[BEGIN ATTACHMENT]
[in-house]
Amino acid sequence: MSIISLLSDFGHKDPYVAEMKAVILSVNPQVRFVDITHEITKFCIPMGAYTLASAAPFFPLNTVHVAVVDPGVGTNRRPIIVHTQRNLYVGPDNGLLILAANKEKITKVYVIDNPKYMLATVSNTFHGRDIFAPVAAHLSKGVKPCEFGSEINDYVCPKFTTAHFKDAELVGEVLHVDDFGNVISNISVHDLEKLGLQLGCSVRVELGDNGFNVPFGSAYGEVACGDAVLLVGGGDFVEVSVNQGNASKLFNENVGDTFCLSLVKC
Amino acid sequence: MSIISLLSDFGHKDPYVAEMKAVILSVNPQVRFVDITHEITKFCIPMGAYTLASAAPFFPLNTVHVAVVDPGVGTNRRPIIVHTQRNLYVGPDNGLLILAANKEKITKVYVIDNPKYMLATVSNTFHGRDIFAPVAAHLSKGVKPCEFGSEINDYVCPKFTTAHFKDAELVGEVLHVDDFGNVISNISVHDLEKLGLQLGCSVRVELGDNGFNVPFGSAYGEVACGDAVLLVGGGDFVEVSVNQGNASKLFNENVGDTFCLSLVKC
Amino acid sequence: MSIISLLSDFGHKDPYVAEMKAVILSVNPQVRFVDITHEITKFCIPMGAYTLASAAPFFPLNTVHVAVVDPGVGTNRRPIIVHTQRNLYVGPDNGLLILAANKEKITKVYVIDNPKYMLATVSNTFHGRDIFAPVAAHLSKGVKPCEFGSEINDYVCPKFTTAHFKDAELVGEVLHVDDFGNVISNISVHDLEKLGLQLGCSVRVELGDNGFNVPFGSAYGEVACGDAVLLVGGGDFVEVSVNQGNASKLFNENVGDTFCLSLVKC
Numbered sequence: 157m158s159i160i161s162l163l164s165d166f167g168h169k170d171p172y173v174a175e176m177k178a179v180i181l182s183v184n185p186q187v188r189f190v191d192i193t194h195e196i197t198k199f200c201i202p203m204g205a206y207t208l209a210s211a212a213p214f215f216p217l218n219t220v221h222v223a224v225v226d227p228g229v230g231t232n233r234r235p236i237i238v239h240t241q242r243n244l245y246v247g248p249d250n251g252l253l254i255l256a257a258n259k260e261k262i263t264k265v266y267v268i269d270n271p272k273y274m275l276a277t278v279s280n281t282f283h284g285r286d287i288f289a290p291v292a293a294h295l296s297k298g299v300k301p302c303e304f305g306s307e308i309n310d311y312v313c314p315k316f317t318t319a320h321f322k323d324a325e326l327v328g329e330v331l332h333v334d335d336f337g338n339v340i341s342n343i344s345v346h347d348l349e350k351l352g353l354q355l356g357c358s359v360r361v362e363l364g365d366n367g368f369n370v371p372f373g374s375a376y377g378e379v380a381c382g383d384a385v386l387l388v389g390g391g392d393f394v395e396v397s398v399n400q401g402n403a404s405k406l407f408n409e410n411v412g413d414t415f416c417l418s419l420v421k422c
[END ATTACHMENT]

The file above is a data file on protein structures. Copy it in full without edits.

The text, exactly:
[in-house]
Amino acid sequence: MSIISLLSDFGHKDPYVAEMKAVILSVNPQVRFVDITHEITKFCIPMGAYTLASAAPFFPLNTVHVAVVDPGVGTNRRPIIVHTQRNLYVGPDNGLLILAANKEKITKVYVIDNPKYMLATVSNTFHGRDIFAPVAAHLSKGVKPCEFGSEINDYVCPKFTTAHFKDAELVGEVLHVDDFGNVISNISVHDLEKLGLQLGCSVRVELGDNGFNVPFGSAYGEVACGDAVLLVGGGDFVEVSVNQGNASKLFNENVGDTFCLSLVKC
Amino acid sequence: MSIISLLSDFGHKDPYVAEMKAVILSVNPQVRFVDITHEITKFCIPMGAYTLASAAPFFPLNTVHVAVVDPGVGTNRRPIIVHTQRNLYVGPDNGLLILAANKEKITKVYVIDNPKYMLATVSNTFHGRDIFAPVAAHLSKGVKPCEFGSEINDYVCPKFTTAHFKDAELVGEVLHVDDFGNVISNISVHDLEKLGLQLGCSVRVELGDNGFNVPFGSAYGEVACGDAVLLVGGGDFVEVSVNQGNASKLFNENVGDTFCLSLVKC
Amino acid sequence: MSIISLLSDFGHKDPYVAEMKAVILSVNPQVRFVDITHEITKFCIPMGAYTLASAAPFFPLNTVHVAVVDPGVGTNRRPIIVHTQRNLYVGPDNGLLILAANKEKITKVYVIDNPKYMLATVSNTFHGRDIFAPVAAHLSKGVKPCEFGSEINDYVCPKFTTAHFKDAELVGEVLHVDDFGNVISNISVHDLEKLGLQLGCSVRVELGDNGFNVPFGSAYGEVACGDAVLLVGGGDFVEVSVNQGNASKLFNENVGDTFCLSLVKC
Numbered sequence: 157m158s159i160i161s162l163l164s165d166f167g168h169k170d171p172y173v174a175e176m177k178a179v180i181l182s183v184n185p186q187v188r189f190v191d192i193t194h195e196i197t198k199f200c201i202p203m204g205a206y207t208l209a210s211a212a213p214f215f216p217l218n219t220v221h222v223a224v225v226d227p228g229v230g231t232n233r234r235p236i237i238v239h240t241q242r243n244l245y246v247g248p249d250n251g252l253l254i255l256a257a258n259k260e261k262i263t264k265v266y267v268i269d270n271p272k273y274m275l276a277t278v279s280n281t282f283h284g285r286d287i288f289a290p291v292a293a294h295l296s297k298g299v300k301p302c303e304f305g306s307e308i309n310d311y312v313c314p315k316f317t318t319a320h321f322k323d324a325e326l327v328g329e330v331l332h333v334d335d336f337g338n339v340i341s342n343i344s345v346h347d348l349e350k351l352g353l354q355l356g357c358s359v360r361v362e363l364g365d366n367g368f369n370v371p372f373g374s375a376y377g378e379v380a381c382g383d384a385v386l387l388v389g390g391g392d393f394v395e396v397s398v399n400q401g402n403a404s405k406l407f408n409e410n411v412g413d414t415f416c417l418s419l420v421k422c